Top Ten Tips for Buying a New Build Home
Even though there are many advantages to buying a newly built home over an existing one, the process can still be fraught with risk. So we’ve put together our top 10 tips for making the process go as smoothly – and successfully – as possible.
Do your research
It’s always worth finding out about your builder and any previous jobs they’ve worked on. It’ll give you an idea of their quality standards and their way of working.
Check out the local area
Don't forget to research the local area outside of the development. What are the schools like? Are the transport links good? What is the local nightlife like?
Find out what you can change
Personalisation of your home is one of the main attractions to buying a new build. But you need to establish early just what it is that's available and what you can’t change. You’ll often be able to choose your kitchen and bathroom, and possibly things like sockets, switches and light fittings. Get in early enough and you may be able to make changes to the home's layout, too.
Read the small print
Buying a new build property is a two-way process – and you’ll have to keep up your end of the bargain. Find out what you’re required to do – if you have to sign any paperwork, pay any fees, and answer any questions within a required timescale. You also need to know what your builder is committed to – it can iron out disagreements further down the process.
As your new build home takes shape, it will help your move in if you measure everything in advance. What looks like a vast space on a plan or in an artist’s impression may be distressingly small in the finished build. Staircases and doorways may encroach in areas you were planning to use, for example.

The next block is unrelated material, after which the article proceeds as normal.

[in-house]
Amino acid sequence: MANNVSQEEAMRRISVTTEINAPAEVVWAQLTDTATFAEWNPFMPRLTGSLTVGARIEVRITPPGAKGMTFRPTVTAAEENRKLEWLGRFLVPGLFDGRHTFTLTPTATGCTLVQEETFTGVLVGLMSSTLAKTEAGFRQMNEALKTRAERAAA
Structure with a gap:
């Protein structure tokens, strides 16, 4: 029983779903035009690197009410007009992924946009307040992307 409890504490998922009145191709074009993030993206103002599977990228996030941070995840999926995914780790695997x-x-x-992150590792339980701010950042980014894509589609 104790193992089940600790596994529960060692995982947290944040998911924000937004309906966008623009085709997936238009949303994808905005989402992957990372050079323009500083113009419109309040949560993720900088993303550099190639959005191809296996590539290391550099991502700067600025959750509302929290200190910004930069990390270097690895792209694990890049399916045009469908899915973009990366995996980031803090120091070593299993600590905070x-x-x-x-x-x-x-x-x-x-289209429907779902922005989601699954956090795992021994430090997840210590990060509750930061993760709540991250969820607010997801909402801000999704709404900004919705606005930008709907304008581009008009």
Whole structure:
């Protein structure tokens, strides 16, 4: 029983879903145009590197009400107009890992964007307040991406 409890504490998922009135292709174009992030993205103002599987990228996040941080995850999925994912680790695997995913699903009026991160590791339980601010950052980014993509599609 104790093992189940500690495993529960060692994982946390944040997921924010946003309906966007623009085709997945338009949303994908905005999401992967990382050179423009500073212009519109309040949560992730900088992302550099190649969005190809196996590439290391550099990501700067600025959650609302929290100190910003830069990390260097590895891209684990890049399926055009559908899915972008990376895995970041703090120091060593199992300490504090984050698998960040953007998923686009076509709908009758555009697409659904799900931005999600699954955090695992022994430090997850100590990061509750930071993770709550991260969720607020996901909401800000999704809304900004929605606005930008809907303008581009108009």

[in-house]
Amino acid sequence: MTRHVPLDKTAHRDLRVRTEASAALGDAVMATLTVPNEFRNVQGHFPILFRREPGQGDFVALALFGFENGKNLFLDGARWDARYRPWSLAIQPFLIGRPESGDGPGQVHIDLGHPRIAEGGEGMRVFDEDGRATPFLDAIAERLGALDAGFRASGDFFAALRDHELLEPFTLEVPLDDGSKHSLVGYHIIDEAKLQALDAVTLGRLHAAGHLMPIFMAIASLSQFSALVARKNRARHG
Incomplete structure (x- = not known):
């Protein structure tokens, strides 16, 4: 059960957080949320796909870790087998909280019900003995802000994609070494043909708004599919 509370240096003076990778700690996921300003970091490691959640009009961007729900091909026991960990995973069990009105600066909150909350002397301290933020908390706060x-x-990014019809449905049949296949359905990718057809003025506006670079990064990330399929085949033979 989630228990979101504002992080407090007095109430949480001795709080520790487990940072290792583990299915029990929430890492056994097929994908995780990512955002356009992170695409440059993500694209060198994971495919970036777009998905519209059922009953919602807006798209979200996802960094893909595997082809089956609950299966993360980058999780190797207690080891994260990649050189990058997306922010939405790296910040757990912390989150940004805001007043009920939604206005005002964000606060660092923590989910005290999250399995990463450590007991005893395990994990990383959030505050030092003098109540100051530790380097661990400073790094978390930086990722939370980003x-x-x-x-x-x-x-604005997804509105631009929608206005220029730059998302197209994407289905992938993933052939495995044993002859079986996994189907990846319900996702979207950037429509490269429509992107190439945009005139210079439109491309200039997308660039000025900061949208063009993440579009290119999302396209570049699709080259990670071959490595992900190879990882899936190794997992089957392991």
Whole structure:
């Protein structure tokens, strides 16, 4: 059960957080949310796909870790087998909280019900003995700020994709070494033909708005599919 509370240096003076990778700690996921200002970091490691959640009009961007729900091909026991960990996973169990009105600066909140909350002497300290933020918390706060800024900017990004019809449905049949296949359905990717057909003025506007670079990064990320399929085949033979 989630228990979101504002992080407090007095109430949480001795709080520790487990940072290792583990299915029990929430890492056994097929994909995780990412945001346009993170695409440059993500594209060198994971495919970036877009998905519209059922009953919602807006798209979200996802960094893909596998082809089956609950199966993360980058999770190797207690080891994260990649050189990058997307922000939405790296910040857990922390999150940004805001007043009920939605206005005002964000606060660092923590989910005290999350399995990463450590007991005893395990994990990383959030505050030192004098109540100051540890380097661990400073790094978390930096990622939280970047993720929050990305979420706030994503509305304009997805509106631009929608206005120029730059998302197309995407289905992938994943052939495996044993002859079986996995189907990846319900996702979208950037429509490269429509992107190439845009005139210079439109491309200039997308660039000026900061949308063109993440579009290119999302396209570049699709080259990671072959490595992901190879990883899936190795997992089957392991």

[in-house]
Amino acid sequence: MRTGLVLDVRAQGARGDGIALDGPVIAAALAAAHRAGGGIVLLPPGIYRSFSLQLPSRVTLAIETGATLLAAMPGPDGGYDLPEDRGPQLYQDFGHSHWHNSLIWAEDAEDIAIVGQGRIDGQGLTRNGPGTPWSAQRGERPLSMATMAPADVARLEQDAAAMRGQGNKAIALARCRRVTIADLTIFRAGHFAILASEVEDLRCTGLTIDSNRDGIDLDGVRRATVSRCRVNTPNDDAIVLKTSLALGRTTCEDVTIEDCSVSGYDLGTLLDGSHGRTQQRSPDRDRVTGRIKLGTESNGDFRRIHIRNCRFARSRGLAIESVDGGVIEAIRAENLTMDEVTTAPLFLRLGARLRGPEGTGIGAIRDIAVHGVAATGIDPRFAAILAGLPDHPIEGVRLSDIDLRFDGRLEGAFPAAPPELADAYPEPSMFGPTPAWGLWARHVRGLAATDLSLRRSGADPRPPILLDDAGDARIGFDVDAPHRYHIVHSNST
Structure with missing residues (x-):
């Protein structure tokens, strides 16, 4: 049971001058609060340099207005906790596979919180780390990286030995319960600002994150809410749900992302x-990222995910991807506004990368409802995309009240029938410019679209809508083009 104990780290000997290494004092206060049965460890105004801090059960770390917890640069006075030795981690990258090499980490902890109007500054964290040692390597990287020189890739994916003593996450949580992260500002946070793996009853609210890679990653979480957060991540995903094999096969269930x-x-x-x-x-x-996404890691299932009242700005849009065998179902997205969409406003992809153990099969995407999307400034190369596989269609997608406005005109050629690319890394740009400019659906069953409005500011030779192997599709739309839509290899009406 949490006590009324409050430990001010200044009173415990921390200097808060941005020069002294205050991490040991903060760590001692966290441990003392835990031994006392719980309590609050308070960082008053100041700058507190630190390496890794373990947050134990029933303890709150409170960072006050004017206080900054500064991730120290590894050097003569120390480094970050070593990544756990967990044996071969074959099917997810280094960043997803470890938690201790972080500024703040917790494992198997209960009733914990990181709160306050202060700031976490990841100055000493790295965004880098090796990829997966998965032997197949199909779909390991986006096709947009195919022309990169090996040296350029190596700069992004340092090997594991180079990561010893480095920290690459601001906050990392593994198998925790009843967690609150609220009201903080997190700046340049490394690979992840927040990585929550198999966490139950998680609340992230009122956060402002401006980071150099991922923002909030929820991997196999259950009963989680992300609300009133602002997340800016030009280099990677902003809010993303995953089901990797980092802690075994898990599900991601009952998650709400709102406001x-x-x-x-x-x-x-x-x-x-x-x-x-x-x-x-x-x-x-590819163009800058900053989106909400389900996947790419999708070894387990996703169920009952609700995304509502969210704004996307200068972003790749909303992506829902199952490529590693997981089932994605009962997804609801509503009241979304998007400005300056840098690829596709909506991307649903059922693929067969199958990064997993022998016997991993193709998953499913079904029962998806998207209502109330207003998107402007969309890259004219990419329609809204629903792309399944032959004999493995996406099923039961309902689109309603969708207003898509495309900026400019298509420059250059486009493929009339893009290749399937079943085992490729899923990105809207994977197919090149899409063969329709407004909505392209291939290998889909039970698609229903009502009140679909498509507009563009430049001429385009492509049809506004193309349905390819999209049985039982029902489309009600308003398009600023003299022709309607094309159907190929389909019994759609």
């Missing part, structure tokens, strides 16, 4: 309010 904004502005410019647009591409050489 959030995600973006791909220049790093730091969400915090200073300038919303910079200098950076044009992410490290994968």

Ask about warranties
If your builder is registered with the National House Building Council (NHBC), you’ll have a warranty of up to 10 years on parts of your house – meaning peace of mind long after you move in. It's definitely something to enquire about.
Agree what happens afterwards
The process of ‘snagging’, or getting the builder to fix minor defects within the finished build is a generally accepted part of buying a new build property. But not everything will necessarily be included, so it’s good to make sure that both you and your builder are clear about exactly what they’ll come back to make good after you’ve moved in.
Get everything in writing
If your builder says they’ll make changes to the plan of the home or offer anything above and beyond the original deal, it’s worth getting the agreement in writing. Again, it can save time later on.
Allow for contingencies
Things don’t always go to plan when moving home – these are complex projects that can involve numerous different suppliers like civil contractors, utility providers, and telecoms and cable TV companies, to name but three. Make sure you’ve got somewhere to live in the event of any hold-ups.
Keep in touch
And finally, remember that the most successful new build purchases happen when developer and buyer talk to each other. Having good personal relations with your builder will help smooth out the process and keep you in the loop. Keep your lines of communication open.